Star Wars Jedi Knight: Jedi Academy suffers from the rose tinted glasses effect. It's a game fondly remembered and critically lauded back in the day, but this Switch port remains a little too warts and all to be an effective re release in 2020.
Reviewing a remastered, remade, or re released title is always a tricky proposition; there are a lot of variables to consider, with the most pressing being distance from original release and what's been done to bring it up to speed.
Comparing a game like Jedi Academy to Capcom's recent Resident Evil remakes is immediately unfair, since they are systemic, from the ground up re imaginings, whereas this is a straight up port.
However, there's a reasonable expectation that said port should be more than a copy and paste effort. Preserving the feel of a title in its original form is a lofty and commendable goal, but ironing out long standing bugs and giving the whole thing a nip and tuck in the right places can also elevate it to a position of modern relevance.
We cannot deny the ambition of Jedi Academy, with its charming character creator, [mostly] strong voice acting, and vast array of weapons, force powers, and gadgetry.
There's a lot of love for the license here, and there was a palpable satisfaction to seeing the original LucasArts, Ravensoft, and Activision logos greet us during loading, evoking memories of playing Star Trek: Elite Force all those years ago.
Aspyr will have likely had to navigate extremely choppy waters to get this off the ground at all, let alone make any kind of meaningful adjustments.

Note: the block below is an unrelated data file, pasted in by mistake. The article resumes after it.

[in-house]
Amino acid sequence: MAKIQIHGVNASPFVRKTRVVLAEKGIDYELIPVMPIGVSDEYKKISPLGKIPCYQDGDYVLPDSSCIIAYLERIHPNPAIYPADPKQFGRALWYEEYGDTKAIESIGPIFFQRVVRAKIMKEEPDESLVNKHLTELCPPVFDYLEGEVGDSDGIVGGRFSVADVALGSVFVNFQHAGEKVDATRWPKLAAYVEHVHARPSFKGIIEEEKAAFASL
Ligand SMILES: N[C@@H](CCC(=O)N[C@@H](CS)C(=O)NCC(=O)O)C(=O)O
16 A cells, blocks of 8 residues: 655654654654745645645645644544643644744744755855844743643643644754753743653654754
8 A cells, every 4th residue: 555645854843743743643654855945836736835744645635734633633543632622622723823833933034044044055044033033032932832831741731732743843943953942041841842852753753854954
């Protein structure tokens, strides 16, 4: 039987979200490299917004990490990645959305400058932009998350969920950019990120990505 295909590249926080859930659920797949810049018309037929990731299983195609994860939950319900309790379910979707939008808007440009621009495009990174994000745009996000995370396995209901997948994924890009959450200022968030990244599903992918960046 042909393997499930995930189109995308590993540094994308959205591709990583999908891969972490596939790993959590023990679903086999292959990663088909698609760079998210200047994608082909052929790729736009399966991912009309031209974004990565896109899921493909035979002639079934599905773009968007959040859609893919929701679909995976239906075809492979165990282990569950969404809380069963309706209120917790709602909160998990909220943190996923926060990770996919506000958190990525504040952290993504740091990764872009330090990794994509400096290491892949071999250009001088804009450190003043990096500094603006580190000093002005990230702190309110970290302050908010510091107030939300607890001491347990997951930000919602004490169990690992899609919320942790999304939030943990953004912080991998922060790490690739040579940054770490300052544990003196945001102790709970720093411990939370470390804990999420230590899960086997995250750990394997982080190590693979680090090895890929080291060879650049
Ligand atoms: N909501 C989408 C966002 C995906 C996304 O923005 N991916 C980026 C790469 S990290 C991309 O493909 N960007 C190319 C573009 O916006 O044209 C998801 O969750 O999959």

However, that doesn't negate the fact that this is a bare bones port, inheriting dreadful A.I., combat that encourages wildly flailing your way to success, and a multiplayer component that is too scrappy to be enjoyable. There has been no attempt made to iterate or improve, which is extremely disappointing.
Visually speaking, the graphics are crisp and retain their art style, but there's glitches aplenty. The controls aren’t mapped particularly well, with some counter intuitive usage of the thumbsticks and bizarre button swapping that really doesn’t gel.
Sound design is all over the place, with some dialogue mixed to be aggressively loud, while other narrative sections are completely drowned out by effects and spontaneous bursts of music.
The big takeaway from all of this is that the game hasn't aged well at all. Ultimately, Jedi Academy on Switch, while immensely faithful to its original form, is, to quote Jean Luc Picard: "A failure of imagination".
Star Wars Jedi Knight: Jedi Academy is available now, for PS4, Switch, and PC.
Review copy provided by Aspyr.